1 of 2 | Publicis Health agreed to pay $350 million to states for its role in marketing tactics that states said exacerbated the U.S. opioid crisis. Photo courtesy of U.S. Department of Agriculture
Feb. 1 (UPI) — In the first-ever settlement with an advertising company for its role in the U.S. opioid epidemic, Publicis Health agreed Thursday to pay states $350 million to settle claims that it developed “predatory and deceptive marketing strategies” for Purdue Pharma that increased prescriptions and sales of OxyContin, making the opioid crisis more devastating.
A handful of states brought lawsuits against Publicis Health, contending the company knowingly and directly stoked the U.S. opioid epidemic. Publicis worked with Purdue Pharma from 2010 to 2019 to develop marketing campaigns and materials, including brochures promoting opioids, including the highly addictive painkiller OxyContin.
“For a decade, Publicis helped opioid manufacturers like Purdue Pharma convince doctors to overprescribe opioids, directly fueling the opioid crisis and causing the devastation of communities nationwide,” said New York Attorney General Letitia James. “No amount of money can compensate for lives lost and addiction suffered, but with this agreement, Publicis will cease their illegal behavior and pay $350 million to help our communities rebuild.”
The states contended in their lawsuits that Publicis Health deployed a strategy developed for Purdue Pharma by McKinsey & Co. known as “Evolve to Excellence,” which targeted doctors who prescribed the most OxyContin.
Publicis then played up “abuse-deterrent” aspects of OxyContin and encouraged doctors to prescribe increased dosages.
McKinsey & Co. separately agreed to pay $641 million to resolve claims by a number of states for its role in the plan.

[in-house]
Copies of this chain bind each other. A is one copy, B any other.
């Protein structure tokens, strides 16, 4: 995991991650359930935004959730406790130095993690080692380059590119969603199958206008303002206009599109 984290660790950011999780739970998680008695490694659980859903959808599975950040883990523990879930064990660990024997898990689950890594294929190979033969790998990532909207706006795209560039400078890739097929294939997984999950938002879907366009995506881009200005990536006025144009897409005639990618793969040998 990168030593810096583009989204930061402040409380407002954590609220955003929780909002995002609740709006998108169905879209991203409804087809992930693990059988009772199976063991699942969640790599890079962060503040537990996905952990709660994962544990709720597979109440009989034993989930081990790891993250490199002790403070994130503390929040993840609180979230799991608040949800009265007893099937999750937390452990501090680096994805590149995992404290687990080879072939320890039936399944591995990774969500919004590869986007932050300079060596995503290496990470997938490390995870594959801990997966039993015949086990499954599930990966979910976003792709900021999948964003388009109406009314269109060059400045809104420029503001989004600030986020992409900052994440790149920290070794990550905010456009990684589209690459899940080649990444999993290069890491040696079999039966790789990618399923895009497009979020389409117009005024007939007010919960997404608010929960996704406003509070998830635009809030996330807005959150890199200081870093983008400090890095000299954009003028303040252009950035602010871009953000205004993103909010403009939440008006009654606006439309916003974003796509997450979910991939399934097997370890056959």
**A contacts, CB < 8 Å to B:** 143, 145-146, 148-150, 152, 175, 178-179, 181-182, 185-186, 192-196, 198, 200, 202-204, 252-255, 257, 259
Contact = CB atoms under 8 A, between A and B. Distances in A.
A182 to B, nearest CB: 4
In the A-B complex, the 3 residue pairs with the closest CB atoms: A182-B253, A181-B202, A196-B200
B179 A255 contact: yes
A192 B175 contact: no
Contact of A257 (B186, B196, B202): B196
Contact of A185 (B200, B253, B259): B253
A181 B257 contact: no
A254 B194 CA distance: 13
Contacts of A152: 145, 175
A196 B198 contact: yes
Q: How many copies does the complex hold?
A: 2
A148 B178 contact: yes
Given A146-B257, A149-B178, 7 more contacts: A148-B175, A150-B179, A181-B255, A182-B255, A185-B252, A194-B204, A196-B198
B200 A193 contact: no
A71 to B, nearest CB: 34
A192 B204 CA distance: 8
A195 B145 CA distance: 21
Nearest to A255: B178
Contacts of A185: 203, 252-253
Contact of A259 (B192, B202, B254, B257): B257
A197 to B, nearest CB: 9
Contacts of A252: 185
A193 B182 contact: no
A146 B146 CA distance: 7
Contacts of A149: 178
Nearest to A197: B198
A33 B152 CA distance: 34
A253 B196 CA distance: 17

“Publicis devised and deployed unfair and deceptive marketing campaigns designed to push doctors to prescribe opioids to more patients, in higher doses and for longer periods of time,” a lawsuit by the state of Massachusetts said. “By design, Publicis’ schemes worked to counter public health measures intended to reduce unnecessary opioid use, because more opioid use generated more profits for Publicis’ opioid clients.”
The settlement agreement requires Publicis Health to pay the states within 60 days and bans the company from accepting any future contracts or engagements related to the marketing or sale of opioids.
As part of the settlement, Publicis is also required to release internal documents related to its work for Purdue Pharma and other opioid manufacturers, as well as communications with consultants like McKinsey and Practice Fusion.
In a statement Thursday, Publicis said the settlement was “in no way an admission of wrongdoing or liability.”
It added that its marketing work for opioid manufacturers had been done by a smaller advertising agency, Rosetta, that it owned but closed 10 years ago.
Publicis defended its work as “at all times fully compliant with the law.”
Between 1999 and 2021, nearly 645,000 Americans died from an overdose involving any opioid, including prescription and illicit opioids, according to the Centers for Disease Control and Prevention.
State attorneys general have mounted an aggressive campaign and several lawsuits to impose penalties on companies the lawyers say are responsible for starting and fostering the epidemic, often by rewarding doctors who wrote the highest number of prescriptions for opioids. The reward ranged from trips and other perks to cash.